Have you ever had problems with a handyman you hired? I got a call from a lady the other day who had problems with a handyman she had hired. She needed me to finish a job that someone else had started and she had fired because he did not know how to do the job and he had made a mess.
There are many good people in the Handyman business today but anyone with a truck and a hammer can call himself a handyman. So, what can a homeowner do to reduce the risk when hiring someone? It’s not easy, but there are several obvious steps that can be taken.
1. Ask prospective handyman if they are licensed and carry liability insurance. If they have employees or do rental properties (considered commercial by WSIB) they need to have WSIB (workers comp) coverage. Don’t take their word for it, ask to see proof. Any legit handyman will be happy to show you this documentation. Any handyman that offer excuses why it can’t be produced walk away from.
2. You can ask for a list of references but how can you check them out? They could be giving you a list of their friends. Some online rating sites are unreliable as a reference due to the ability to post bogus reviews therefore you need to check reviews from more than one source. Just because someone has a bad review does not mean they are not good. There are always two sides to a story. How they respond to a negative negative reviews speaks volumes.
3. Do a search on the internet of their name and their company. Check their social media, what kind of person is he? Does he look like someone you can trust? How many places does his business show up on the internet? Has he invested the time and money to create a web page? Is there pictures of his work?
4. Be wary of requests for a large up-front deposit. If a job requires the purchase of custom materials and a large deposit it is probably a sign that the handyman is taking on a job that is bigger than he is capable of handling or you are trying to save money by hiring a handyman rather than a general contractor. Large jobs with longer durations will have payment milestones (including the deposit) clearly outlined in the contract. Small jobs that handymen do don’t require deposits because most handymen work on an hourly basis and charge you for the time it takes.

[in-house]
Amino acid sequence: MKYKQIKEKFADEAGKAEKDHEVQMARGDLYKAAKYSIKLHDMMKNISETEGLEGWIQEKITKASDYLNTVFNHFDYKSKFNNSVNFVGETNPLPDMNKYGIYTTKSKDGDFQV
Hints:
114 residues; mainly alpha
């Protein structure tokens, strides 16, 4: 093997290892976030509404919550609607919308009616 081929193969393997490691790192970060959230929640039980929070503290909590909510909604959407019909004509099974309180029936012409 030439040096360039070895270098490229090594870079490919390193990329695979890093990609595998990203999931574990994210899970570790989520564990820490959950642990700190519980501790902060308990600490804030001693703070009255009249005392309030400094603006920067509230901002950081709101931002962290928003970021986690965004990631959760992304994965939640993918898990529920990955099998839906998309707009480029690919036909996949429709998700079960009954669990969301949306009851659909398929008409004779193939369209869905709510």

5. Be suspicious of really low pricing. We all love a deal and for some people price is the only criteria that matters. However, low-ball pricing is a classic scam that is irresistible to many of us. It is also a sure sign something may not be right. Choosing a handyman to do a full bathroom renovation asking for trouble. A handyman can not do any electrical work or any new plumbing and he can not hire an electrician and a plumber since he is not a general contractor.
Large renovation projects require a contract with milestones and payment schedules. If everything is not spelled out in the contract the homeowner can expect to be hit with numerous “extra” material and labour costs. If your handyman does by some miracle manage to complete the work, odds are substandard materials and workmanship are what kept the cost down.
6. Do not ask for cash only deals, that is asking for problems with a handyman. Cash only with no paper trail equals no recourse for you in the event a problem arises. You want to hire a honest handyman to work in your home. If he will work for cash and be dishonest with the government what makes you think he will be honest in his dealings with you?
7. Think it over. Take the time you need to make an informed decision and you won’t have problems with a handyman you hire. If you have to sign a contract you probably should be hiring a general contractor.
Tell me about your handyman experience by posting a comment or sending an email to firstname.lastname@example.org.